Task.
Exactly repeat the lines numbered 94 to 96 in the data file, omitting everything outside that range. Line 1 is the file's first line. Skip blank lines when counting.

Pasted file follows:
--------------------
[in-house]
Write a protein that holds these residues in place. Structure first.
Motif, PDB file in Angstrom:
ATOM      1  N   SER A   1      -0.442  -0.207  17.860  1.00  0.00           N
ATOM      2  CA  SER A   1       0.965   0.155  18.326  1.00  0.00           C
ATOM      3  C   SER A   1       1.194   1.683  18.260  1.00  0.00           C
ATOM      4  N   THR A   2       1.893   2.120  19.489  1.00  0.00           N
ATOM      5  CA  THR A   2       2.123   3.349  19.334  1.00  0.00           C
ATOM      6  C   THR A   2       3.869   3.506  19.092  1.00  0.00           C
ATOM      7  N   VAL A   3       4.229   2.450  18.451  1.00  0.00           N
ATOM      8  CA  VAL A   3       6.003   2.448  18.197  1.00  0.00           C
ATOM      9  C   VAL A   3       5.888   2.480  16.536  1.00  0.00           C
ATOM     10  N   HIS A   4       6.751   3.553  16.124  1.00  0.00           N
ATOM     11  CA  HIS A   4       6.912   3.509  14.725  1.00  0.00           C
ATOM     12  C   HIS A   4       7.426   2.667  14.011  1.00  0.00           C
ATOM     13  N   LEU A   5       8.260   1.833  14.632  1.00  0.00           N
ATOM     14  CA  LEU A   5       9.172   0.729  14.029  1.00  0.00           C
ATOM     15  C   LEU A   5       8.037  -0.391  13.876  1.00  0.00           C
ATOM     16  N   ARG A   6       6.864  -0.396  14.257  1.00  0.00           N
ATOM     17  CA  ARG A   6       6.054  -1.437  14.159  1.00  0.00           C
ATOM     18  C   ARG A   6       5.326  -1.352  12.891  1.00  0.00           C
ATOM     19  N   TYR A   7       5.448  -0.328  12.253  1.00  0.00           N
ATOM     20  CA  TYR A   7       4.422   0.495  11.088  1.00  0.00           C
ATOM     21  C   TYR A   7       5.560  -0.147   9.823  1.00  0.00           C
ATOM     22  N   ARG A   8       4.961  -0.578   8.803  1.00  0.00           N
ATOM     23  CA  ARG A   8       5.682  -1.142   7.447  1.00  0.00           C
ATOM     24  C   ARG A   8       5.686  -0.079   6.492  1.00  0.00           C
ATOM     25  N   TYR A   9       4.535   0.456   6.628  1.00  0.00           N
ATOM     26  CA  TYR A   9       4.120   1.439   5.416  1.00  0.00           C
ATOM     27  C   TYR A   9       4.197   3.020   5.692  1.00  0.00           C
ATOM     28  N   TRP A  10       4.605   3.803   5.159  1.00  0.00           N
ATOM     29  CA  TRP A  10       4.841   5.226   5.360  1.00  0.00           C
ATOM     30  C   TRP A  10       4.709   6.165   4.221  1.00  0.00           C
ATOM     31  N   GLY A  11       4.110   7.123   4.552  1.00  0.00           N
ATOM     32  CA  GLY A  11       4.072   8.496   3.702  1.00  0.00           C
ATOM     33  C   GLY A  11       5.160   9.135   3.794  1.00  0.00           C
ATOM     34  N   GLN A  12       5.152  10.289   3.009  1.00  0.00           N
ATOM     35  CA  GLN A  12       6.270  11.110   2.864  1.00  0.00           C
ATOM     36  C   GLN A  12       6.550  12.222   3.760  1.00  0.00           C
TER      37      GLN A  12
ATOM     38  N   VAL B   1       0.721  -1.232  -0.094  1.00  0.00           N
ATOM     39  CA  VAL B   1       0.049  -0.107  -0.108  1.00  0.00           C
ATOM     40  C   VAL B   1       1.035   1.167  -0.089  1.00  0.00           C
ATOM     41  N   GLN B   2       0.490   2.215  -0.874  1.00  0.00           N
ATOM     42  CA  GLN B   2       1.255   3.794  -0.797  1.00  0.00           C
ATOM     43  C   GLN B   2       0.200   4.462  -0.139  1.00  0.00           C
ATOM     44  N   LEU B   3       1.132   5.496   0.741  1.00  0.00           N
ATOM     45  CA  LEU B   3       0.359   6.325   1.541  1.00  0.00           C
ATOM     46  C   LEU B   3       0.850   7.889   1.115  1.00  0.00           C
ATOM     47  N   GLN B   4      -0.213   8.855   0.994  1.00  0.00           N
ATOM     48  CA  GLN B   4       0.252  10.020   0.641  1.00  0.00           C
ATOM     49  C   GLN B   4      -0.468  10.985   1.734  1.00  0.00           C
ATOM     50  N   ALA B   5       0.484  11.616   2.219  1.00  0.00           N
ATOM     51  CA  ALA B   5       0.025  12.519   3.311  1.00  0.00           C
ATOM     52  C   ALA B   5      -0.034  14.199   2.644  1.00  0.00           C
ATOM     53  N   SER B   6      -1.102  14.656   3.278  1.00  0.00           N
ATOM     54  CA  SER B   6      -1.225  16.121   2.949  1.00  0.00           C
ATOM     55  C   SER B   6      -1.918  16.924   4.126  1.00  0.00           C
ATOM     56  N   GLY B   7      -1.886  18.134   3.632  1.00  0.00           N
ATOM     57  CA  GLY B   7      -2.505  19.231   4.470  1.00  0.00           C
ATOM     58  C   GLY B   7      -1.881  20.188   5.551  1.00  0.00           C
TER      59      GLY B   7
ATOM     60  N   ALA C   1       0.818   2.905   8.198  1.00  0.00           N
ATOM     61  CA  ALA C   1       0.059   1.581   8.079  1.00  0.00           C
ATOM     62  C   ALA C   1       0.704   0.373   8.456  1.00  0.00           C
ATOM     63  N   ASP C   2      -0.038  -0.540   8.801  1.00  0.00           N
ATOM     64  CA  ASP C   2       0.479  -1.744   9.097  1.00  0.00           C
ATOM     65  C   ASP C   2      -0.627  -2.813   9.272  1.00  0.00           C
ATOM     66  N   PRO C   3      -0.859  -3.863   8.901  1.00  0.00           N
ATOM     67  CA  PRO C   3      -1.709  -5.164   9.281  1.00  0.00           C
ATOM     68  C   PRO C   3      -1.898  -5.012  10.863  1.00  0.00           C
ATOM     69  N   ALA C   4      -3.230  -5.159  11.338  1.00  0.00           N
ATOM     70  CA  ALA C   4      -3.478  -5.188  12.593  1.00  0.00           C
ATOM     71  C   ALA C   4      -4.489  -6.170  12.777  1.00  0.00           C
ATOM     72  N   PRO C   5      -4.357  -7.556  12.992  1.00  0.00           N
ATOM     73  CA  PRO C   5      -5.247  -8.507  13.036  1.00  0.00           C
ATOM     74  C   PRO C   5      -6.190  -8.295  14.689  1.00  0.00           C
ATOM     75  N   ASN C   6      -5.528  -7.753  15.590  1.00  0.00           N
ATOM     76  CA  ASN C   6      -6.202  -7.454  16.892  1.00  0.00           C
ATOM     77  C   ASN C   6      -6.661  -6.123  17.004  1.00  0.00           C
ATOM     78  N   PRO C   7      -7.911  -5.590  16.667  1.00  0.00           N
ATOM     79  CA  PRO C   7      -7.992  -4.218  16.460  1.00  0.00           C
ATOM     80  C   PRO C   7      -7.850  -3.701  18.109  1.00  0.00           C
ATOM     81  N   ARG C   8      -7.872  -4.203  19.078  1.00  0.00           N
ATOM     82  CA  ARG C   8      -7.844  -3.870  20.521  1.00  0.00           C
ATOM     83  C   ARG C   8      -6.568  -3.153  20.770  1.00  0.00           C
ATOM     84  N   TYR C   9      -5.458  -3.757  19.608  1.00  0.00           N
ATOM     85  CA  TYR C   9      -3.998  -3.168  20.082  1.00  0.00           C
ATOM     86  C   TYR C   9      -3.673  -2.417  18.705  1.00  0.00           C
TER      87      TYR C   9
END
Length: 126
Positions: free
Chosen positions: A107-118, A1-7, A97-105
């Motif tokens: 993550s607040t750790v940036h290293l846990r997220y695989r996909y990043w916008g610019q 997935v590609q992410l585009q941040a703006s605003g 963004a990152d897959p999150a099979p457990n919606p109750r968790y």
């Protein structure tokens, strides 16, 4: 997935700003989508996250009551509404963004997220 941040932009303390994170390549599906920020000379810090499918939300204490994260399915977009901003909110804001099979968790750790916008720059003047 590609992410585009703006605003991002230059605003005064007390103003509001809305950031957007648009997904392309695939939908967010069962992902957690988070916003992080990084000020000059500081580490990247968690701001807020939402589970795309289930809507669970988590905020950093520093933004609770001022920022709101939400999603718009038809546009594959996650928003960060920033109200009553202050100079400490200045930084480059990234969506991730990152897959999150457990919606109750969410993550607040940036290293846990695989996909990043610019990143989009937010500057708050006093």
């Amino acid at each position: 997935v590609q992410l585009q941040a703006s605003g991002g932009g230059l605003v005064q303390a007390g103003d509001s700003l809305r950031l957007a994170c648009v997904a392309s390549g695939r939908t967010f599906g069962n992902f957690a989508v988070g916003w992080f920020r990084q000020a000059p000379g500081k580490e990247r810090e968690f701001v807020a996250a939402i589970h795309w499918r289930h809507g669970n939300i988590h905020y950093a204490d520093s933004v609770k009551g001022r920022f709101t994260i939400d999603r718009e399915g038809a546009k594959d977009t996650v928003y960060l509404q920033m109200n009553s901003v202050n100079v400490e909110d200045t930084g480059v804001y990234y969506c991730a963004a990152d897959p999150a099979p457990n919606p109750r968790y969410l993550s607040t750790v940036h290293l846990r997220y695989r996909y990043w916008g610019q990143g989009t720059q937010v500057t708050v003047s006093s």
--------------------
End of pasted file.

Chosen positions: A107-118, A1-7, A97-105
């Motif tokens: 993550s607040t750790v940036h290293l846990r997220y695989r996909y990043w916008g610019q 997935v590609q992410l585009q941040a703006s605003g 963004a990152d897959p999150a099979p457990n919606p109750r968790y």
């Protein structure tokens, strides 16, 4: 997935700003989508996250009551509404963004997220 941040932009303390994170390549599906920020000379810090499918939300204490994260399915977009901003909110804001099979968790750790916008720059003047 590609992410585009703006605003991002230059605003005064007390103003509001809305950031957007648009997904392309695939939908967010069962992902957690988070916003992080990084000020000059500081580490990247968690701001807020939402589970795309289930809507669970988590905020950093520093933004609770001022920022709101939400999603718009038809546009594959996650928003960060920033109200009553202050100079400490200045930084480059990234969506991730990152897959999150457990919606109750969410993550607040940036290293846990695989996909990043610019990143989009937010500057708050006093």